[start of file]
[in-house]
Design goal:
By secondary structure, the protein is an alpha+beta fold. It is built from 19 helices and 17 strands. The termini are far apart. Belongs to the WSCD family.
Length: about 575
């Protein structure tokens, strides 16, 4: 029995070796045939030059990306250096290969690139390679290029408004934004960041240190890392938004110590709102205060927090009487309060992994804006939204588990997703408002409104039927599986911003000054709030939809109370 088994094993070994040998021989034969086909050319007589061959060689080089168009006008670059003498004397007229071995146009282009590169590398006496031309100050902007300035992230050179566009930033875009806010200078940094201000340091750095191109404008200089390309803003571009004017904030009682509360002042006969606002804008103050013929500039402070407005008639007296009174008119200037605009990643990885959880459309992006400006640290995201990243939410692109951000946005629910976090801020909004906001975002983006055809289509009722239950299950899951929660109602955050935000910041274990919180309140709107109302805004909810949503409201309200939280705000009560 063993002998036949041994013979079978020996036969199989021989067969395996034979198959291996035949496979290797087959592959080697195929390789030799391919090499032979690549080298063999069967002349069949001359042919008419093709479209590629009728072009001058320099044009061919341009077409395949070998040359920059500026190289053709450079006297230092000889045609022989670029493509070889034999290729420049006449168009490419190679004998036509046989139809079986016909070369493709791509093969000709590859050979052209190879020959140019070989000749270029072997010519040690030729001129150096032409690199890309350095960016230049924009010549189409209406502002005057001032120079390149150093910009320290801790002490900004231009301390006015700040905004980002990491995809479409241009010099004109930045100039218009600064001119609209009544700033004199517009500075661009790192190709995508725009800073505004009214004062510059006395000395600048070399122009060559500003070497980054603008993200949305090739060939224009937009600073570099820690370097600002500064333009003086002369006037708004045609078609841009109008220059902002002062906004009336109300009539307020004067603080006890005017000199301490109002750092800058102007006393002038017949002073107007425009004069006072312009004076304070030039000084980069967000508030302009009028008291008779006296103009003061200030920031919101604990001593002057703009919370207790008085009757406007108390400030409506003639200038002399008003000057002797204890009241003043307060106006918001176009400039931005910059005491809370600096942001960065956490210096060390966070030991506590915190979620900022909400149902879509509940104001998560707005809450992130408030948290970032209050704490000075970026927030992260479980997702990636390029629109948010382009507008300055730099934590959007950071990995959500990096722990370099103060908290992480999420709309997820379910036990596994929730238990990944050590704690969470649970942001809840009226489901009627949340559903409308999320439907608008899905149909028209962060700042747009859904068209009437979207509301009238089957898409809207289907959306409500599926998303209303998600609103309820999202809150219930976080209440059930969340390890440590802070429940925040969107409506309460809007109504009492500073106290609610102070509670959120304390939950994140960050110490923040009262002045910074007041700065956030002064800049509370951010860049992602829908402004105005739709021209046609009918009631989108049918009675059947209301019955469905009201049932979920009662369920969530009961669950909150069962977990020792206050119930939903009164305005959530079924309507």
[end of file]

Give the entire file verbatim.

[in-house]
Design goal:
By secondary structure, the protein is an alpha+beta fold. It is built from 19 helices and 17 strands. The termini are far apart. Belongs to the WSCD family.
Length: about 575
């Protein structure tokens, strides 16, 4: 029995070796045939030059990306250096290969690139390679290029408004934004960041240190890392938004110590709102205060927090009487309060992994804006939204588990997703408002409104039927599986911003000054709030939809109370 088994094993070994040998021989034969086909050319007589061959060689080089168009006008670059003498004397007229071995146009282009590169590398006496031309100050902007300035992230050179566009930033875009806010200078940094201000340091750095191109404008200089390309803003571009004017904030009682509360002042006969606002804008103050013929500039402070407005008639007296009174008119200037605009990643990885959880459309992006400006640290995201990243939410692109951000946005629910976090801020909004906001975002983006055809289509009722239950299950899951929660109602955050935000910041274990919180309140709107109302805004909810949503409201309200939280705000009560 063993002998036949041994013979079978020996036969199989021989067969395996034979198959291996035949496979290797087959592959080697195929390789030799391919090499032979690549080298063999069967002349069949001359042919008419093709479209590629009728072009001058320099044009061919341009077409395949070998040359920059500026190289053709450079006297230092000889045609022989670029493509070889034999290729420049006449168009490419190679004998036509046989139809079986016909070369493709791509093969000709590859050979052209190879020959140019070989000749270029072997010519040690030729001129150096032409690199890309350095960016230049924009010549189409209406502002005057001032120079390149150093910009320290801790002490900004231009301390006015700040905004980002990491995809479409241009010099004109930045100039218009600064001119609209009544700033004199517009500075661009790192190709995508725009800073505004009214004062510059006395000395600048070399122009060559500003070497980054603008993200949305090739060939224009937009600073570099820690370097600002500064333009003086002369006037708004045609078609841009109008220059902002002062906004009336109300009539307020004067603080006890005017000199301490109002750092800058102007006393002038017949002073107007425009004069006072312009004076304070030039000084980069967000508030302009009028008291008779006296103009003061200030920031919101604990001593002057703009919370207790008085009757406007108390400030409506003639200038002399008003000057002797204890009241003043307060106006918001176009400039931005910059005491809370600096942001960065956490210096060390966070030991506590915190979620900022909400149902879509509940104001998560707005809450992130408030948290970032209050704490000075970026927030992260479980997702990636390029629109948010382009507008300055730099934590959007950071990995959500990096722990370099103060908290992480999420709309997820379910036990596994929730238990990944050590704690969470649970942001809840009226489901009627949340559903409308999320439907608008899905149909028209962060700042747009859904068209009437979207509301009238089957898409809207289907959306409500599926998303209303998600609103309820999202809150219930976080209440059930969340390890440590802070429940925040969107409506309460809007109504009492500073106290609610102070509670959120304390939950994140960050110490923040009262002045910074007041700065956030002064800049509370951010860049992602829908402004105005739709021209046609009918009631989108049918009675059947209301019955469905009201049932979920009662369920969530009961669950909150069962977990020792206050119930939903009164305005959530079924309507």